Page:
May 22, 2014

Ya know what was a good kaiju movie? Pacific Rim!



The fan culture that the original slew of Japan’s Godzilla movies spawned is now the gold standard by which all giant monster films are measured by. Just like Black Sabbath is to metal music (especially doom and sludge), in comparison to the God-Lizard, everything’s already a rip-off.

Which is why this reboot by director Garreth Edwards, despite its flaws in pacing and sometimes downright failures with weird attempts at political gravitas, as well as wire-crossed fugues of a vague disconnect to recent current events (hello, Fukushima meltdown), is a hell of a re-brand for the hoary, spiky-backed old beast.

While 1950s movie magic and tech could never have visualized the level of detail and animalistic movement in the new creatures, there’s a good reason why the 1950s Godzilla and its sequels are beloved by cult fans–they delivered heart and narrative gusto in spades despite the often comedic SFX.

In this new movie, we open at some mining operation in the Philippine hinterlands (curiously, all the Pinoys are tall and resemble South Americans) in 1999, where the bottom of a shaft has collapsed and revealed the gigantic bones of an prehistoric creature.

Fast forward a few years later and a series of tremors rock the Janjira Nuclear Power Plant near the Tokyo district. Expat couple Sandra and Joe Brody (played by Juliette Binoche and Bryan Cranston), with their little boy Ford, work at the plant as scientists.

Joe Brody insists that the tremors resemble the ones that shook the Philippine site back in 1999. He raises the alarm even though others have tried to pass off the anomalous sound patterns as mere earthquakes.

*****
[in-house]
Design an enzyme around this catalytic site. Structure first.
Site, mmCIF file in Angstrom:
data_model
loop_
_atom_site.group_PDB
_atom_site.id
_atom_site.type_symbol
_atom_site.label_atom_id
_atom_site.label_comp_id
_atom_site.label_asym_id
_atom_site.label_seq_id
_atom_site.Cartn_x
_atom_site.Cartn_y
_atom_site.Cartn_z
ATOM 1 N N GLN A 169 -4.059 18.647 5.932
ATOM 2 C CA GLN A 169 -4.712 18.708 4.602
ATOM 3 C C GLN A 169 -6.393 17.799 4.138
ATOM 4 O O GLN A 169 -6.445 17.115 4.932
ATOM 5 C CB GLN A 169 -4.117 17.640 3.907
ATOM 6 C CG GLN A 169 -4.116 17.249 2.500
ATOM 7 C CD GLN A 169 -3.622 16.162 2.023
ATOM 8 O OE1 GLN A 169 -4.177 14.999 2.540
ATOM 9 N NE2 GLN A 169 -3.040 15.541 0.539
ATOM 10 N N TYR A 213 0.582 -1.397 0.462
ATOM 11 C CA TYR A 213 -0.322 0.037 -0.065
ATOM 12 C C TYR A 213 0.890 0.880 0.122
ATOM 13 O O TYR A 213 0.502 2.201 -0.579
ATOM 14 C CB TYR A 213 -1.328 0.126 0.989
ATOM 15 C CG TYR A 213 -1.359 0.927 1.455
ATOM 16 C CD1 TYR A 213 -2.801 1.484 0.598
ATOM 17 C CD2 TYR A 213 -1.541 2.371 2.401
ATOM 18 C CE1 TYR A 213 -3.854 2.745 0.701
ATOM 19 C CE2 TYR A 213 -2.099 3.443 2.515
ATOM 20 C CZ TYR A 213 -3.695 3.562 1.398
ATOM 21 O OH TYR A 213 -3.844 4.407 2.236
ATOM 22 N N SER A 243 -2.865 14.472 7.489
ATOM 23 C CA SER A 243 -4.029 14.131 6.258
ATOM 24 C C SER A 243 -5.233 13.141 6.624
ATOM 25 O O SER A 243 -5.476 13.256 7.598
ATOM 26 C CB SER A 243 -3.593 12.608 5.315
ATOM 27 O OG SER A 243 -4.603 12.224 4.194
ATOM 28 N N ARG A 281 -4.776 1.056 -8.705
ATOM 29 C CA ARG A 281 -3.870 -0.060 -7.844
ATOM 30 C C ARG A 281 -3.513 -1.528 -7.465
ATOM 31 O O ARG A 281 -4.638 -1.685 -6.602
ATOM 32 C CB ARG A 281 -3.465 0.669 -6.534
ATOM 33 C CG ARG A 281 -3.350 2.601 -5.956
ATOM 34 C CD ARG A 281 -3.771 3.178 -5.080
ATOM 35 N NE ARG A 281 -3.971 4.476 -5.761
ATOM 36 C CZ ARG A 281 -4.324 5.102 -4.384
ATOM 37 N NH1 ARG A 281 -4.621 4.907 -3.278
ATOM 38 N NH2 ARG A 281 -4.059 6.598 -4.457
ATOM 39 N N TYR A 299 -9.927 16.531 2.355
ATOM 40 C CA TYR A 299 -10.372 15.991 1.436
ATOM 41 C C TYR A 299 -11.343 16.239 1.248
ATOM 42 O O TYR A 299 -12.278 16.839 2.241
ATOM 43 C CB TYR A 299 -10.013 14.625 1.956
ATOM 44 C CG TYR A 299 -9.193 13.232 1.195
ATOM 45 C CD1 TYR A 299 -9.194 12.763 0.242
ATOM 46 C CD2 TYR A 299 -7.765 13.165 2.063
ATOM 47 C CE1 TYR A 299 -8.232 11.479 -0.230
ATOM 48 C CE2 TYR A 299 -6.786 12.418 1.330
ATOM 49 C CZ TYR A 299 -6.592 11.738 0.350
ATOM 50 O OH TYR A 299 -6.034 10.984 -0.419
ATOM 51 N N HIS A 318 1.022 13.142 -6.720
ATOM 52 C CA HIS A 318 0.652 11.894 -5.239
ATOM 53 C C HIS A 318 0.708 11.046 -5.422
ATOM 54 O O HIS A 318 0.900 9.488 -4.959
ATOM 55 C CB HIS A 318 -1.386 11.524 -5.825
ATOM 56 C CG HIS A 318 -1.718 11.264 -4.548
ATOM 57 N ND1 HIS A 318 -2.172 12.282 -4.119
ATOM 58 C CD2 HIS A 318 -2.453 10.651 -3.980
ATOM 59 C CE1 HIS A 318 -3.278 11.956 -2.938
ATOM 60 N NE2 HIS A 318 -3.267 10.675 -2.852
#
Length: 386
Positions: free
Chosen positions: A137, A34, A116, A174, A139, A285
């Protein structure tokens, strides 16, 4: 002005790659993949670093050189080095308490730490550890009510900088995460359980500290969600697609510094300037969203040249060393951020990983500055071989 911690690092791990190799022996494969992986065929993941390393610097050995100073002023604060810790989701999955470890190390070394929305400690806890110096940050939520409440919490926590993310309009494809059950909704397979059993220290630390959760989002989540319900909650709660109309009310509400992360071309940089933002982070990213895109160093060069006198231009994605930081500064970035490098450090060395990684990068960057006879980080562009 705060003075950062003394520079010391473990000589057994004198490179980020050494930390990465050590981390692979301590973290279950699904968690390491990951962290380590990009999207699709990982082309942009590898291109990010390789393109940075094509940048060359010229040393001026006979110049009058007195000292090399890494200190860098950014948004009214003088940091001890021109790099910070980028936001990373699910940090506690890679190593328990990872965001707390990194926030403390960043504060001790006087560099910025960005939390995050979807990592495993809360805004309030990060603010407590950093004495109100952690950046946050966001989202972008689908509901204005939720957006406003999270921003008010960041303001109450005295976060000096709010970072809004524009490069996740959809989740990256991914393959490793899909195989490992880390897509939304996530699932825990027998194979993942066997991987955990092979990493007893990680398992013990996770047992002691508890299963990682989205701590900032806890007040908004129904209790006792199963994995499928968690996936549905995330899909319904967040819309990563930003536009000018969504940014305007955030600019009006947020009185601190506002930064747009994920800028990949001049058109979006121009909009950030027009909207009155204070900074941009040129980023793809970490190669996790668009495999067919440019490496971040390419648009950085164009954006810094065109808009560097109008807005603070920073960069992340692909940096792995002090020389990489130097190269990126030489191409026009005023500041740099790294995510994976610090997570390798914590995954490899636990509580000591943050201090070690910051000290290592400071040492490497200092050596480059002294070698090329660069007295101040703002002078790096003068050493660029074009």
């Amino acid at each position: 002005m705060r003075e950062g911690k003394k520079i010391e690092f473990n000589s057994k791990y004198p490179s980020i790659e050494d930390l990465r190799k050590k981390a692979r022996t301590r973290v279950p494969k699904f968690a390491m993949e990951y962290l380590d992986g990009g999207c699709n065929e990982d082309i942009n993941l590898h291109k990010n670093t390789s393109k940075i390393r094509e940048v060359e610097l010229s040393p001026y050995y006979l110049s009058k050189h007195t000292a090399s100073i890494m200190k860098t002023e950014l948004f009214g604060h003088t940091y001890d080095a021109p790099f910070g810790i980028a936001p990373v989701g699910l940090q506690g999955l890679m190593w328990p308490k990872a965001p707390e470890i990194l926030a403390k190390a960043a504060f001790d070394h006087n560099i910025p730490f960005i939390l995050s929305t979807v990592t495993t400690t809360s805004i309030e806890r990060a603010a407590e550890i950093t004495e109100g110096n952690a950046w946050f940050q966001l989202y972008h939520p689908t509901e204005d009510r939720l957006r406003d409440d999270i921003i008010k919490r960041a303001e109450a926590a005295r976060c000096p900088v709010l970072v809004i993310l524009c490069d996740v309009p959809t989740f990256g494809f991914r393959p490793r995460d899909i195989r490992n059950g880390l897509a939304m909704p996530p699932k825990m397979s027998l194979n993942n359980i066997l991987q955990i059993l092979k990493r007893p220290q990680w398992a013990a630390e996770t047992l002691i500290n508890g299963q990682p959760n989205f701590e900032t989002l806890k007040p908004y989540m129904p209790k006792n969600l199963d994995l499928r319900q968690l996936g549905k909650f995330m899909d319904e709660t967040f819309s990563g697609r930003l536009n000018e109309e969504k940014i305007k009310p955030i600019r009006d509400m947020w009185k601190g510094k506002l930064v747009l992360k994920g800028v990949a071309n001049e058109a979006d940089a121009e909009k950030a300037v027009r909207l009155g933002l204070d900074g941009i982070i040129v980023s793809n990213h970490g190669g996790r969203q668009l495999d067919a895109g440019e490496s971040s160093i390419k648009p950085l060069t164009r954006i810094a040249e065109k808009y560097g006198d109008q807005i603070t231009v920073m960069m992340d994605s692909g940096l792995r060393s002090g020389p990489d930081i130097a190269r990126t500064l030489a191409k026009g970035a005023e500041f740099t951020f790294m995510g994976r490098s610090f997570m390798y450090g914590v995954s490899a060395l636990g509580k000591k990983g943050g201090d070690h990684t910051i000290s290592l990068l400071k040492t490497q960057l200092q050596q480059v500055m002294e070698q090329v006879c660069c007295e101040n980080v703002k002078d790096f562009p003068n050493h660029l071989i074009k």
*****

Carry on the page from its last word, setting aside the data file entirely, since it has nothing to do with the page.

After the tragic loss of lives and the destruction of the plant, 15 years later the young boy Ford is now Lieutenant Ford Brody, USN (Aaron Taylor-Johnson, yep Kick-Ass is here) who works as an explosive ordnance disposal technician.

Lt Brody links up again with his father, Joe, and they go back to the meltdown site to reveal just what the scientists there, led by Dr. Ishiro Serizawa (Ken Watanabe), have been hiding. Soon the world finds out exactly what the scientists term an “Alpha Predator” is.

“A god, for all intents and purposes,” exclaims the oft-astonished and confused Dr. Vivienne Graham (Sally Hawkins), in what might just be one of the most ill-conceived or legendary lines in the annals of monster movie history.

Here’s a few ways to prep and whet your beak, drink and popcorn in hand, before going in to watch one of the most visually-magnificent Godzilla movies in the saga of kaijus. Here there be giants.



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